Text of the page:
Kirkland Dog Food Recall 2015

For the longest time, I didn’t pay attention to what food my dogs ate. Part of this was because I lived with my parents and was a child. They took care of buying everyone’s food, the dogs’ included. We had not come across Kirkland dog food and Kirkland products yet.

But once I was a teenager and iPod Touch devices became popular among my peer group, I started being able to look things up on my own whenever I had WiFi. (Oh, how times have changed in just ten years! Things are much more instant even now.)

Naturally, I researched things about my two German shepherds. When my dog Bella was a puppy and I took her to PetCo and she scooted her butt on the grass afterward, I looked up that strange behavior as soon as I got home.

I also started worrying about my dogs’ food. What if the food they were eating wasn’t safe? What if there was a better food out there for them?

One day, a post popped up on my iPod Touch when I was scrolling through Facebook. “Dog Dies from Pedigree Dog Food,” it said. (If I had done a little more Internet digging, I would’ve found that this claim couldn’t be proven, and Pedigree says it adheres to strict safety standards. But there have been multiple instances of dogs getting sick after eating Pedigree dry dog food and there have been various voluntary recalls.)

Back to the story: I looked at the bag of Pedigree dog food my mom had just brought home from Costco. “Mom,” I said. “We have to return that.”

She looked at the article. “That’s so sad,” she said, and the next day we drove back to Costco to return the dog food that Clancy and Bella had been eating without incident for years.

We couldn’t risk something happening to our furry family members. The thing was, we were an on-a-budget family and Pedigree was the cheapest food. Buying pet food at a pet store was out of the question: it came in smaller bags and cost more. With two dogs, that method would’ve chewed our wallet to bits in a month.

Costco is famous for selling massive amounts of everything for a lower price than what you’d get it for elsewhere. That’s when we decided to try their Kirkland dog food.

Coming in 40-pound bags, the Kirkland food cost more than Pedigree, which was actually a good sign — cheaper usually means, well, cheaper. Less high-quality. But the Kirkland food was still much less expensive than Taste of the Wild (which we did end up giving to Bella years later, when she approached her elderly years).

We used it for the rest of Clancy’s life and most of Bella’s. Now that my husband and I have Eira, we’ve used the Kirkland dog food for her, too.

But the question is this: is Kirkland food safe for dogs? Is it really any safer than Pedigree or the other low-cost brands out there?

When you are researching any dog food for your pet, it’s a good idea to look up the food’s past recalls. Most dog foods have been recalled at one point or another — and if you think about it, human food gets recalled, too. Like the Great Lettuce Recall of 2018, when mass amounts of healthy romaine, green leaf, and red leaf lettuce sent to grocery stores were contaminated with E. coli. Or the Kirkland brand berries that were recalled in 2019 due to Hepatitis A contamination. I’ve been using the Costco three-berry blend for years, and I also eat lettuce. I wasn’t personally affected by either recall, but I made sure to wait until the FDA gave the all-clear signal on both types of products before buying again.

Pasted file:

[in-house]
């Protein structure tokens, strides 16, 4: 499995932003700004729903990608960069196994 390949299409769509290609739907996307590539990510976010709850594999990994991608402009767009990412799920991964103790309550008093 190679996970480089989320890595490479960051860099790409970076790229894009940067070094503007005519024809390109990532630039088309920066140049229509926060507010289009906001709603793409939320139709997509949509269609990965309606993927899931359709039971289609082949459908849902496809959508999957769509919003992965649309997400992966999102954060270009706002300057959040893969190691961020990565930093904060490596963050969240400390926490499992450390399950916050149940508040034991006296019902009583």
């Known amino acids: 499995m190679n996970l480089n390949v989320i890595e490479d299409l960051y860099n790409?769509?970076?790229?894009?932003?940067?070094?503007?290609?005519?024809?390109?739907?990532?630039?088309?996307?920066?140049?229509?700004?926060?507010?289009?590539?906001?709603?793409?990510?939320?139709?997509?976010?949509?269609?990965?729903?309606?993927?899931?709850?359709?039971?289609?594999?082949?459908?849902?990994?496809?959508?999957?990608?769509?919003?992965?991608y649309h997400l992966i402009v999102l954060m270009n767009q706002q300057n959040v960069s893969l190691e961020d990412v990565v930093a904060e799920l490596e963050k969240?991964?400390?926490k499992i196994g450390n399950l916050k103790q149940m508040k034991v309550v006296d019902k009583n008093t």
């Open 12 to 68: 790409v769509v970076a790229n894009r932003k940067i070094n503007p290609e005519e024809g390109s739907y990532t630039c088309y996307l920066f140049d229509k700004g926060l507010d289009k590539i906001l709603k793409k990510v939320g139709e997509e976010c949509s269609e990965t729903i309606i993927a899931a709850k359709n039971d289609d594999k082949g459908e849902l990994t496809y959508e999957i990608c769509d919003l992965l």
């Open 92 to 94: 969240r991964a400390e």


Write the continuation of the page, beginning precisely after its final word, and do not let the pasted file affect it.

All this to say that just because there’s a recall, that doesn’t mean a dog food is permanently unsafe for your dog.

Let’s compare two recalls: the Pedigree recall of 2014/2015 and the Kirkland dog food recall of 2012.

Pedigree’s recall was based on the presence of fibers, which worried pet-parents described as metal wires or plastic pieces poking out of kibble and causing dogs to get sick or refuse to eat their food as usual. Angry pet owners posted photos of the clearish wires sticking out of kibble and told stories of their dogs vomiting, having diarrhea, or even bloody stool.

They voiced enough outrage and concern that Pedigree did some research into their own dog food and treats to find out if there really was wire in their food.

Turns out, it was “only” pig hair, which Pedigree chirped was because “Pedigree Marrobone [and other foods] are manufactured using meat and bone meal, it’s possible for natural fibers such as pig hair to appear in the finished product. While consumers may not have noticed these natural fibers when feeding their dog, we can assure them that the treats are safe for dogs to enjoy.”

Hmm. If you’ve ever pet a pig, you know its “fur” or “hair” is bristly and hard and rough. In fact, some types of pig bristles are used in hair brushes. That’s how strong they are. They can most definitely irritate, if not outright scratch or cut, a dog’s intestines when moving through the digestive tract, which explains why so many dogs felt sick after eating Pedigree’s pig-bristle-infused dog food.

Nobody wants such foreign objects to make their way into their dogs’ food. Pedigree’s flippant response isn’t very comforting. They don’t appear concerned enough to fix the problem and seem to have ended the recall shortly after they released their statement.

It’s disconcerting to know that whatever process Pedigree uses to manufacture its dry dog food is the sort that allows animal hairs into the food. What, exactly, is your dog eating when she eats Pedigree dry dog food?

Kirkland Signature Dog Food: is Kirkland dog food worth it?

Kirkland’s latest recall was in 2012 and it hasn’t issued a recall, voluntary or involuntary, since. Unlike the Pedigree recall, Kirkland’s wasn’t because of wiry fibers or hairs in its dog foods. Instead, it was because of a possible salmonella contamination in the dry dog food. They pinned it down to products sold between certain 2012 and 2013 dates and in 16 US states, plus Canada and Puerto Rico.